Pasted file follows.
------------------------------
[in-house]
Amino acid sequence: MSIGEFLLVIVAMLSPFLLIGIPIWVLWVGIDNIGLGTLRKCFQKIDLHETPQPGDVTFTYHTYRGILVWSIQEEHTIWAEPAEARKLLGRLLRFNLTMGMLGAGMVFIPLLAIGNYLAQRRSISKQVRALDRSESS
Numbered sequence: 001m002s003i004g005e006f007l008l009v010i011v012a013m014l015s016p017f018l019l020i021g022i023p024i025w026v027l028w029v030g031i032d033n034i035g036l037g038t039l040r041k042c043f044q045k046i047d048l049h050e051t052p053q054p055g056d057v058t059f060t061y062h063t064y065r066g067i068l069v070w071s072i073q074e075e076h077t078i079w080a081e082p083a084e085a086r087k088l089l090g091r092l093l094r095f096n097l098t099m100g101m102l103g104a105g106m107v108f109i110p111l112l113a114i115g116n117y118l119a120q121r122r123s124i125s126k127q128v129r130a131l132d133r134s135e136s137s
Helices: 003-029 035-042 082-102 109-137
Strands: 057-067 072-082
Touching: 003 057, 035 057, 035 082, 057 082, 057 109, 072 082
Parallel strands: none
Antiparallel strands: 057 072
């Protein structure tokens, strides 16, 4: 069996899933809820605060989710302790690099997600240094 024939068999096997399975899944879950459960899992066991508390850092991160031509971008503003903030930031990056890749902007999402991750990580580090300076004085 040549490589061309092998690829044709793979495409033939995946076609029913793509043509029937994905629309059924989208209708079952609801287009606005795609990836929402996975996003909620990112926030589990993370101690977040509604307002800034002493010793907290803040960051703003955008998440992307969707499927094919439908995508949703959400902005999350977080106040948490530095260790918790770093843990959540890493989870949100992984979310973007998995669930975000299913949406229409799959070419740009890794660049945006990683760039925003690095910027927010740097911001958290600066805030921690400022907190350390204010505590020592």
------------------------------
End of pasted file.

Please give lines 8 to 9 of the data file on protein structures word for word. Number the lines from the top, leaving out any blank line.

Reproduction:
Antiparallel strands: 057 072
């Protein structure tokens, strides 16, 4: 069996899933809820605060989710302790690099997600240094 024939068999096997399975899944879950459960899992066991508390850092991160031509971008503003903030930031990056890749902007999402991750990580580090300076004085 040549490589061309092998690829044709793979495409033939995946076609029913793509043509029937994905629309059924989208209708079952609801287009606005795609990836929402996975996003909620990112926030589990993370101690977040509604307002800034002493010793907290803040960051703003955008998440992307969707499927094919439908995508949703959400902005999350977080106040948490530095260790918790770093843990959540890493989870949100992984979310973007998995669930975000299913949406229409799959070419740009890794660049945006990683760039925003690095910027927010740097911001958290600066805030921690400022907190350390204010505590020592």